This article has been written by Sushant Biswakarma, a student from Symbiosis Law School, NOIDA. This article is an in-depth research analysis of the examination and cross-examination of witnesses in a criminal trial.
The examination of witnesses is an integral part of a criminal trial. Witness testimonies are one of the most reliable evidence because the person giving the statements has personally witnessed the event happen. Section 135–165 of the Evidence Act, 1872 deals with examination and cross-examination of witnesses. This article will cover each section one by one, along with case laws.
Admissibility of evidence
Under the Evidence Act, 1872 Section 5 states that evidence is admissible only when it supports a relevant fact in issue. It is further provided in Section 136 that the judge may ask the parties if the evidence they have adduced deals with a relevant fact or not.
For evidence to be admissible in Court, the judge must be convinced that the evidence is relevant and does help establish a relevant fact in issue.
Witnesses are required to answer the relevant questions presented to them. A question asked to a witness must be relevant to a fact in issue, and must help establish the same. Their answers when recorded are called testimonies of witnesses. This questioning of the witness and recording their answers is called witness examination.
Examination of witness
Examination of a witness is asking the witness questions regarding relevant facts in the case and recording the statements of witnesses as evidence. There are three parts to the examination of a witness and Section 138 of the Evidence Act states that the witness must be examined in the following order:
- First, the party that called the witness examines him, this process is called examination-in-chief as mentioned under Section 137 of the Indian Evidence Act.
- After the completion of the examination-in-chief, if the opposite party wants to, they can take over the witness and cross-question him about his previous answers. The opposite party may ask him any question regarding all the relevant facts and not merely the facts discussed during the examination-in-chief. This process has been described in Section 137 of the act as cross-examination.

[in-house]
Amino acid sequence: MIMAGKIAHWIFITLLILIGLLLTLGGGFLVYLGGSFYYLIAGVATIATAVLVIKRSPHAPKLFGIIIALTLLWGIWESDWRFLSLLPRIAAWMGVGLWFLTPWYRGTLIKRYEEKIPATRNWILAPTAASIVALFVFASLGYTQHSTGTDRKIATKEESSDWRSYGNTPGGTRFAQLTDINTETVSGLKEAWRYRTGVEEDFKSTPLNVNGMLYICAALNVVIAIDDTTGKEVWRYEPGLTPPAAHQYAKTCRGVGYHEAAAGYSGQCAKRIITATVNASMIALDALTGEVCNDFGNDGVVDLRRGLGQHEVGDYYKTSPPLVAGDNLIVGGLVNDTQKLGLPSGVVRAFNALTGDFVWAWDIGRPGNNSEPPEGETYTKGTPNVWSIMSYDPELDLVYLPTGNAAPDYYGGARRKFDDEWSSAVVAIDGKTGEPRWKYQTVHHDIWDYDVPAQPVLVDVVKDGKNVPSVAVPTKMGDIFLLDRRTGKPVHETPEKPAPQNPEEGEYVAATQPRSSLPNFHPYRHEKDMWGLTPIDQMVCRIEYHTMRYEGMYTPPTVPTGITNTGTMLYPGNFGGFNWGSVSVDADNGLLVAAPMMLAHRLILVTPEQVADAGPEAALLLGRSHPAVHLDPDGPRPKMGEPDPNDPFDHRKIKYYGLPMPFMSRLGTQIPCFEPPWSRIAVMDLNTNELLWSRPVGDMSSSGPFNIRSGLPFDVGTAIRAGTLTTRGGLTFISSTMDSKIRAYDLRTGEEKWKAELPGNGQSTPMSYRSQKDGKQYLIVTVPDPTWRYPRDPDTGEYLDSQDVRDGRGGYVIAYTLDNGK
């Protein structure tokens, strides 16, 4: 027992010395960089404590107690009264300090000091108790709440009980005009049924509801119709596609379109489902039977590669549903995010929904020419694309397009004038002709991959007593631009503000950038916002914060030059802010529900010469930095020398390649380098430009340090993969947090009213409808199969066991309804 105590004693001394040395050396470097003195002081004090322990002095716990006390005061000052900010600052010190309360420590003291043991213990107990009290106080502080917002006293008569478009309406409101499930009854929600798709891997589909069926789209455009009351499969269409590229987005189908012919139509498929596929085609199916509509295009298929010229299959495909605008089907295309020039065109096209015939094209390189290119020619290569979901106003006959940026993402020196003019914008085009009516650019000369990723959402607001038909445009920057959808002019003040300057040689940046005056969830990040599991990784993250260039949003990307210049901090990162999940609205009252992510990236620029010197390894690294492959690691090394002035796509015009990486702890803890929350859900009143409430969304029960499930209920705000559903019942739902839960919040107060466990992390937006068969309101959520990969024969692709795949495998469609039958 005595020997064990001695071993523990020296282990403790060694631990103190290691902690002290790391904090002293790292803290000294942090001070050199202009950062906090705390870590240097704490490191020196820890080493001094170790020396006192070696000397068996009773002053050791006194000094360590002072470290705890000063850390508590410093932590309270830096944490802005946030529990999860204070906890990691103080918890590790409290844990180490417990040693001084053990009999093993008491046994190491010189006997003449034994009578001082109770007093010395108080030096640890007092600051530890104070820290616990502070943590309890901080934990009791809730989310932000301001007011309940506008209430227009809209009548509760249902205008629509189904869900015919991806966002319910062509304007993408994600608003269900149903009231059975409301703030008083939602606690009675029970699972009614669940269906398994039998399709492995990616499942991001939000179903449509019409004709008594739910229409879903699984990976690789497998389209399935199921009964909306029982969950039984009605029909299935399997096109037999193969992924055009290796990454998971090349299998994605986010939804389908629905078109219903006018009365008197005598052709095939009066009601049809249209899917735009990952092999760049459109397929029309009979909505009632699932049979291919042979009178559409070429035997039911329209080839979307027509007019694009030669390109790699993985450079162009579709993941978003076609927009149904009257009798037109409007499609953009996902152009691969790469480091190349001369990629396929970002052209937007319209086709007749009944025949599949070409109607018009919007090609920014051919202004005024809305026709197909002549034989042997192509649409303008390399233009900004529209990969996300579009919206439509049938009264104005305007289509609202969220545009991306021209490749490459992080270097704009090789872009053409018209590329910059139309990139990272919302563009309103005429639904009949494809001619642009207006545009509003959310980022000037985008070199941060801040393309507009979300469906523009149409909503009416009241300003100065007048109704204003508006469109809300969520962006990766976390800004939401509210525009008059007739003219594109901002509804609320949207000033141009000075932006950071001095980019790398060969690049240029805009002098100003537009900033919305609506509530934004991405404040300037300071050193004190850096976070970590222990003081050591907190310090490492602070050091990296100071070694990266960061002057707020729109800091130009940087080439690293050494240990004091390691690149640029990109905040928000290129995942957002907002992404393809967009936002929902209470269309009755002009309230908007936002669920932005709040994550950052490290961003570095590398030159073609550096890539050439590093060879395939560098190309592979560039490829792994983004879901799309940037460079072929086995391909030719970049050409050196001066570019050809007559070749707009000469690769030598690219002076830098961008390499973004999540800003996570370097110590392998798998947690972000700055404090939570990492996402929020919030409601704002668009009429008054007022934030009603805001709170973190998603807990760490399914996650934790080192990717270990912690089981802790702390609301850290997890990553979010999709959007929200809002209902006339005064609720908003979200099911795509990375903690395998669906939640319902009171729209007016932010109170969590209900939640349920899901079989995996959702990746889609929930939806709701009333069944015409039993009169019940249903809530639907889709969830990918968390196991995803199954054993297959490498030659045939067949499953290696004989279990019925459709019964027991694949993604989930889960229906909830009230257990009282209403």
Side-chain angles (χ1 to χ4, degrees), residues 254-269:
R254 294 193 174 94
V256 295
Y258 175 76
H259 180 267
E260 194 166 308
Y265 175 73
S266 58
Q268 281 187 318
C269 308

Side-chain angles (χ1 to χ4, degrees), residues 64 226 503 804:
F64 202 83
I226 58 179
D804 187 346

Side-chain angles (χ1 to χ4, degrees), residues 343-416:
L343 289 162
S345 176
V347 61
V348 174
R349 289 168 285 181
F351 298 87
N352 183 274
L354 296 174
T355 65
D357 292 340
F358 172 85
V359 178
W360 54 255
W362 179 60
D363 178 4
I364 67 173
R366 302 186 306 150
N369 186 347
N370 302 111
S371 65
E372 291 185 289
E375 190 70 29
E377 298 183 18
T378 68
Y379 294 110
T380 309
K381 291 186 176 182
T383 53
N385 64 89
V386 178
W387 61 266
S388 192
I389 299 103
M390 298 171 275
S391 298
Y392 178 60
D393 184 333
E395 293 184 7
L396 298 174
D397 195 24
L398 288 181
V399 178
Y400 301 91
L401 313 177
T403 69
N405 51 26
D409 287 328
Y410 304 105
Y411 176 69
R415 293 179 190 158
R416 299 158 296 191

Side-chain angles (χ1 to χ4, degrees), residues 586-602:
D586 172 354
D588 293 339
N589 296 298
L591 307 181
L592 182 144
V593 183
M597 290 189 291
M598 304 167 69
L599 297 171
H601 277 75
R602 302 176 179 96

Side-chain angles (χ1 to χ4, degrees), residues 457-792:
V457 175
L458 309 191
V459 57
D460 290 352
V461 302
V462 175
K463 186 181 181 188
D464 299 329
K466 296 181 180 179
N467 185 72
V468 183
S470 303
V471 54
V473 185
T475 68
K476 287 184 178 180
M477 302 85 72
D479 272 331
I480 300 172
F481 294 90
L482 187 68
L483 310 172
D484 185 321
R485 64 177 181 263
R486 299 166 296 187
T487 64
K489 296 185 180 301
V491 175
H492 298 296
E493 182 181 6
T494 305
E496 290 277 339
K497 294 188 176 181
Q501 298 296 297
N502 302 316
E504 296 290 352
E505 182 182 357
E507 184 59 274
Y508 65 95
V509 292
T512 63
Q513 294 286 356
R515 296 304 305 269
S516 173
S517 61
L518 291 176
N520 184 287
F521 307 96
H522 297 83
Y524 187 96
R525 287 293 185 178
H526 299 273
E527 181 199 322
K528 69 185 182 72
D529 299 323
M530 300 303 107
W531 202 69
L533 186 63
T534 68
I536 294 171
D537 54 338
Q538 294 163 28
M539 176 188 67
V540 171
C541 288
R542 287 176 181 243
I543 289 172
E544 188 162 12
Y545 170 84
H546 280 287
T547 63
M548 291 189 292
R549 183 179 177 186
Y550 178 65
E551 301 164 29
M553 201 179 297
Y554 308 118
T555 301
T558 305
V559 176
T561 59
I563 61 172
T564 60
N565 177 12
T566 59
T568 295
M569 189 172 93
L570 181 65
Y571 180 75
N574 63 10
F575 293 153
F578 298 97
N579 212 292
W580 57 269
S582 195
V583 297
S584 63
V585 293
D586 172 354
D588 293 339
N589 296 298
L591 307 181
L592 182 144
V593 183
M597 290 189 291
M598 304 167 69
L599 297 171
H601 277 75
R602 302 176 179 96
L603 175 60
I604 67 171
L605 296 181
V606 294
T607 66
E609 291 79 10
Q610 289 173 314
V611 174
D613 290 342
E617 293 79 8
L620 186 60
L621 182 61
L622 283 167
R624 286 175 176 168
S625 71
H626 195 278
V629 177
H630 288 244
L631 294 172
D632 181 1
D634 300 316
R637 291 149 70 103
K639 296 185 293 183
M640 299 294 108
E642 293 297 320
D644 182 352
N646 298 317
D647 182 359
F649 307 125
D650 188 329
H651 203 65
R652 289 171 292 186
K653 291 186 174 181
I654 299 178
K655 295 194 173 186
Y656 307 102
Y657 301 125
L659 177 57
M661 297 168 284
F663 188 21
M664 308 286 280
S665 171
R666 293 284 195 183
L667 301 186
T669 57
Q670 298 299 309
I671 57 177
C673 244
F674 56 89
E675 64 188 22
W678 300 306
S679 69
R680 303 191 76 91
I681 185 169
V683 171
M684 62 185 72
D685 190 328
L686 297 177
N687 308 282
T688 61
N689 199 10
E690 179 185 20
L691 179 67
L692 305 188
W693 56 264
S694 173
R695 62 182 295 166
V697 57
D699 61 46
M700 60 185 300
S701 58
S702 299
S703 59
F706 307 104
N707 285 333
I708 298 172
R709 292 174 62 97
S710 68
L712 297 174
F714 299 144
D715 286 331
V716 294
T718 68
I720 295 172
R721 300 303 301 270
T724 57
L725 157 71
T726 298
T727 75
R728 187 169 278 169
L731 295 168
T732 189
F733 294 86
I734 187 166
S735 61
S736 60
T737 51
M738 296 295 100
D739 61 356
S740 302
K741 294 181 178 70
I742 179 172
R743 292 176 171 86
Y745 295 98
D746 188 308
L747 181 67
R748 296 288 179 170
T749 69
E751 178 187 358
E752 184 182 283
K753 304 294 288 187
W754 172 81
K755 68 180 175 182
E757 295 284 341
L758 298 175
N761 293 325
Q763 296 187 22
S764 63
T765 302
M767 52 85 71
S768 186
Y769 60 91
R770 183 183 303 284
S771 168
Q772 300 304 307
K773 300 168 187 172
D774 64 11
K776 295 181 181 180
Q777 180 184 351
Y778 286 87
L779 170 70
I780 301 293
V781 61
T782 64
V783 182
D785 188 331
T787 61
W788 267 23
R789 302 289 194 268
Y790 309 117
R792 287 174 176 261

- If the party that called the witness sees the need to examine the witness again after cross-examination, they may examine the witness one more time. This has been laid down as re-examination in Section 137 of the Indian Evidence Act, 1872.
Section 138 states that the re-examination must be directed by the Court for explaining matters referred to in cross-examination. The section further states that if any new fact or issue arises during re-examination, the opposite party can further cross-examine the witness on that fact or issue.
In the case of Ghulam Rasool Khan v. Wali Khan, it was held by the High Court of Jammu and Kashmir that- cross-examination might not be necessary if the witness testimony is prima facie unacceptable.
So, if no relevant facts are answered by the witness or there is no credibility to his statements, his testimony can be rejected and there is no need for cross-examination in that case.
The examination of a witness must be done specifically in the sequence mentioned under Section 138. In the case of Sharadamma v. Renchamma, it was held that examination-in-chief must be done before the cross-examination. The opposite is neither possible nor permissible.